Sept. 14, 2023
In its inaugural year, the Fred Ross Systemic Change Student Journalism Competition received over 120 entries from high school journalism students from coast to coast. The competition is led by The Foundation for Systemic Change, in partnership with National Scholastic Press Association.
The competition finalists below were recently announced by NSPA as part of its Individual Awards competition. The 10 finalists will be recognized at the JEA/NSPA Fall National High School Journalism convention, in Boston, at the 3:30 p.m. awards ceremony Saturday, Nov. 4.
At that time, the top five winners will be named for the first time. The winners will receive cash prizes of $1,000 for first place, $750 for second place, $500 for third place, $300 for fourth place and $200 for fifth place. Additionally, finalists will be featured in NSPA publications, as well as on the FSC and NSPA websites.
Launched in November 2022, the Fred Ross Systemic Change Student Journalism Competition seeks to foster a new generation of journalists who focus their reporting on sustainable, systemic solutions to today’s most pressing issues. Recognizing the crucial role that journalism plays in upholding democratic values and sparking positive changes, the competition invited high school journalists to report on the systemic strategies being harnessed in their own communities — whether it be to address climate change, violence, political polarization, LGBTQ+ issues and more. Submissions included pieces concerning union negotiations, transgender policies, political hypocrisy, climate activism and more.
“We are thrilled with this year’s submissions,” said John Heffernan, president of the Systemic Change Foundation. “We established the competition to highlight the type of journalism that tells stories of changemakers like Fred Ross Sr.”
The winners, selected by a panel of judges, were chosen for their exceptional insights, storytelling and dedication to reporting on systemic change strategies. This year’s competition will honor five finalists and five honorable mentions.
“The quality of the entries was outstanding and we were very pleased to receive 120 in the first year of the competition,” Gary Lundgren, NSPA associate director, said. “Journalism plays a critical role in telling these important stories.”
The competition receives its name after the grassroots organizer who trained and mentored iconic leaders like Cesar Chavez and Dolores Huerta. Ross demonstrated how to channel anger and frustration into building member-led movements to change institutions and policies in meaningful ways that improve lives. He worked from the understanding that persistence and organization are required in order to build power and give people a voice in the decisions that shape their lives.
The competition is in-conjunction with the Fred Ross Project, a new documentary that illustrates the ways in which organized collective action can combat racism, bigotry.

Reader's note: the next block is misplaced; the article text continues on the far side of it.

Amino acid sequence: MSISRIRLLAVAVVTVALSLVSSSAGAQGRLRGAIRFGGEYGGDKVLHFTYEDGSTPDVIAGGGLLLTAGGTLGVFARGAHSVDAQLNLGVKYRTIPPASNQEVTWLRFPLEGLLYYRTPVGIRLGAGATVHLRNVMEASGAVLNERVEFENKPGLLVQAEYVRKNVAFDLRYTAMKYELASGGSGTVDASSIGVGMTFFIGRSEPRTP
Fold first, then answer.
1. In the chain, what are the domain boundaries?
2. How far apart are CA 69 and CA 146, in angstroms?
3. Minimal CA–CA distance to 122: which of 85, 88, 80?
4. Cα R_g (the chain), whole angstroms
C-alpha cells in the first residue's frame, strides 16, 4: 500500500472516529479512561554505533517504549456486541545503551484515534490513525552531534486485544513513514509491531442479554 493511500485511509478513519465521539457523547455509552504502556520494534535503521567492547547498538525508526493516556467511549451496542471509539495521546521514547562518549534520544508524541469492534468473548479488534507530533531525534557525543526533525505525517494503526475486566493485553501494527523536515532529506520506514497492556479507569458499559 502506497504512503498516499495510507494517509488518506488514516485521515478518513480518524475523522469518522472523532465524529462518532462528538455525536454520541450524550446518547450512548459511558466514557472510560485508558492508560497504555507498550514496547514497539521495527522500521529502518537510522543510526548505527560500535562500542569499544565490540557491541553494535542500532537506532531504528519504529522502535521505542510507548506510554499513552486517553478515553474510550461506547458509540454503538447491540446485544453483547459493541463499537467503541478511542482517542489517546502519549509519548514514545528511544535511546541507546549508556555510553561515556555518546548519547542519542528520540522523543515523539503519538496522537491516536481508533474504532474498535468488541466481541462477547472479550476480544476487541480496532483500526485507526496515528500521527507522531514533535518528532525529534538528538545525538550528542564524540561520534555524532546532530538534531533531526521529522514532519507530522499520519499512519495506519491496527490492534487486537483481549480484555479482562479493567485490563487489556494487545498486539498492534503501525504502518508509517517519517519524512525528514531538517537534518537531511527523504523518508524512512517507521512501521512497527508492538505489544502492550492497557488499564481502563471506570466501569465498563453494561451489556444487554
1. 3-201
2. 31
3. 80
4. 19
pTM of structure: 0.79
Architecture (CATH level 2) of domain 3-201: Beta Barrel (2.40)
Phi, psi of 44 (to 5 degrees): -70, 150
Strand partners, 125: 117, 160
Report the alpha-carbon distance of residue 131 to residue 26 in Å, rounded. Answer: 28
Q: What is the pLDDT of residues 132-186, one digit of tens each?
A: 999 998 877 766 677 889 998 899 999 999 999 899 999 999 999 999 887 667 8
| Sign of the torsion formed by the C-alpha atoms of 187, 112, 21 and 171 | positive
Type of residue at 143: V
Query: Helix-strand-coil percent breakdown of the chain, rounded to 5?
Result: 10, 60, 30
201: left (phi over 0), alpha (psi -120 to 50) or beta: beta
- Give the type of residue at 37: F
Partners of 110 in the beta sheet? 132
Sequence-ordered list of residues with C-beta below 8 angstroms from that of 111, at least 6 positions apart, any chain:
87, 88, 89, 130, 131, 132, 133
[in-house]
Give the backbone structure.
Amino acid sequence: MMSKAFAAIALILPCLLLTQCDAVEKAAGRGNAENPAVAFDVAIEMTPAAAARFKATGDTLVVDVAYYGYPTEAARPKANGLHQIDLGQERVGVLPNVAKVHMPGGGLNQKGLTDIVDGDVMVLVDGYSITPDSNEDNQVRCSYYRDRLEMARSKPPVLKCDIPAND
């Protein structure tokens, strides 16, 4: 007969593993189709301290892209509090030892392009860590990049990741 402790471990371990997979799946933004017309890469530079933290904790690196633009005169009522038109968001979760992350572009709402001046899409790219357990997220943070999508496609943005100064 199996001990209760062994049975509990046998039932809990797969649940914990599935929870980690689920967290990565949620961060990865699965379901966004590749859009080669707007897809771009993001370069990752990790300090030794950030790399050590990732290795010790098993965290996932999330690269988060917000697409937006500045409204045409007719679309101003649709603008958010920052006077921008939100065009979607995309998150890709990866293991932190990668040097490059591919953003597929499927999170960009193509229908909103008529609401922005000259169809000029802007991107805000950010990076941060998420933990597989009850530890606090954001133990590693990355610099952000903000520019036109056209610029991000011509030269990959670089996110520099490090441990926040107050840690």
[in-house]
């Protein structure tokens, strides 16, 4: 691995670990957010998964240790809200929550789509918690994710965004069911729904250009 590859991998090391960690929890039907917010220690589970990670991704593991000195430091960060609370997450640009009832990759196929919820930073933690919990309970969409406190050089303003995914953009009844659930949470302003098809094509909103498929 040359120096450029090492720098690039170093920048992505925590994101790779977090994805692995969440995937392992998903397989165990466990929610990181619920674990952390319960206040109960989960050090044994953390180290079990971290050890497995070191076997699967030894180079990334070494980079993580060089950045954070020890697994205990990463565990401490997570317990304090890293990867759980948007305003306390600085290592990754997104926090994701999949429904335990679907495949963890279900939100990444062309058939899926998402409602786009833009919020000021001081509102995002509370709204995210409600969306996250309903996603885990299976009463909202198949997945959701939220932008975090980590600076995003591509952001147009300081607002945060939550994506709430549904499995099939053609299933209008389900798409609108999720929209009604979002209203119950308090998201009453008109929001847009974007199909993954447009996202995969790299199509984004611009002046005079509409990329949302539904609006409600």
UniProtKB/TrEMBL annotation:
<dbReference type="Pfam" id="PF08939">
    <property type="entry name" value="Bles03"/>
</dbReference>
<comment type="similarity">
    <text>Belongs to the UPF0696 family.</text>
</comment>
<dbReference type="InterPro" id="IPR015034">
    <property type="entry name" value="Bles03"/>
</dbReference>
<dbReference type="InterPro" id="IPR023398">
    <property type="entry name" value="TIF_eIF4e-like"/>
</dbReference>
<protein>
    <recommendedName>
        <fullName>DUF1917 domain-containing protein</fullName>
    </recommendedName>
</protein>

About the Foundation for Systemic Change
The Foundation of Systemic Change is a family foundation deeply embedded in human rights, social justice, and humanitarian efforts. The organization offers dynamic grant funding to drive creative projects – documentaries, podcasts, articles, theater, and more —spotlighting persistent global disparities and the need for comprehensive solutions to entrenched challenges. Their mission is to foster widespread comprehension of pressing global issues, empowering collaborative actions that bring about enduring, systemic transformations. FSC’s co-founder, John Heffernan, draws from his decades-long experience to emphasize that sustainable impact stems from addressing root causes through systemic change.
About National Scholastic Press Association
NSPA, the nation’s largest association of scholastic media, provides training and recognition of achievement to high school and middle school journalists. It serves hundreds of students and their advisers with two national conventions each year. NSPA’s renowned Pacemakers honor the top scholastic newspapers, yearbooks, magazines, websites and broadcasts, and its individual awards celebrate student work through dozens of specific categories.
3:30 p.m. Saturday, Nov. 4, awards ceremony
Winners announced —
Specialty Magazine Pacemaker
Best of Show
Pacemakers in Innovation, Literary Arts Magazine, Online and Yearbook will be presented at the Kansas City, Missouri, convention, April 4-6, 2024.
Individual Award finalists
Elaine Jiang, Kara Kim
Scot Scoop, Carlmont High School, Belmont, California
A national labor movement: The journey towards better working conditions
Lauren Chuu, Krish Dev
El Estoque, Monta Vista High School, Cupertino, California
Solving the unhoused crisis
Abraham John Naser
Lick-Wilmerding High School, San Francisco, California
Blossoming Hope: A Culvating Journey Towards Food Justice in San Francisco’s Bayview Hunters Point Neighborhood
Izzy Krauss, Carly Philpott, Quinn Rudnick
In-Depth, Cherry Creek High School, Greenwood Village, Colorado
The Breaking Point
Carly Philpott, Peter Philpott
The Union St. Journal, Cherry Creek High School, Greenwood Village, Colorado
Jeff Boyce Is No Longer Remaining Apolitical
Ella De Young, Marie Stier
West Side Story, Iowa City West High School, Iowa City, Iowa
Jonah McMillen, Sydney Moore, Debby Oluwole,
Jon Wallace Teller, Sarah Wright
CPA Media Studio, Christ Presbyterian Academy, Nashville, Tennessee
The Clean Water Act Feature Story
Elizabeth Hu, Lucy Walker
The Review, St. John’s School, Houston, Texas
Alum’s open letter entreats SJS community to protect trans children
The Viking, Loudoun Valley High School, Purcellville, Virginia
Organizing the Sept. 27 Walkout: Five minutes with Charlie Northedge
The Downtown School, Seattle , Washington
Liberal Hypocrisy In Seattle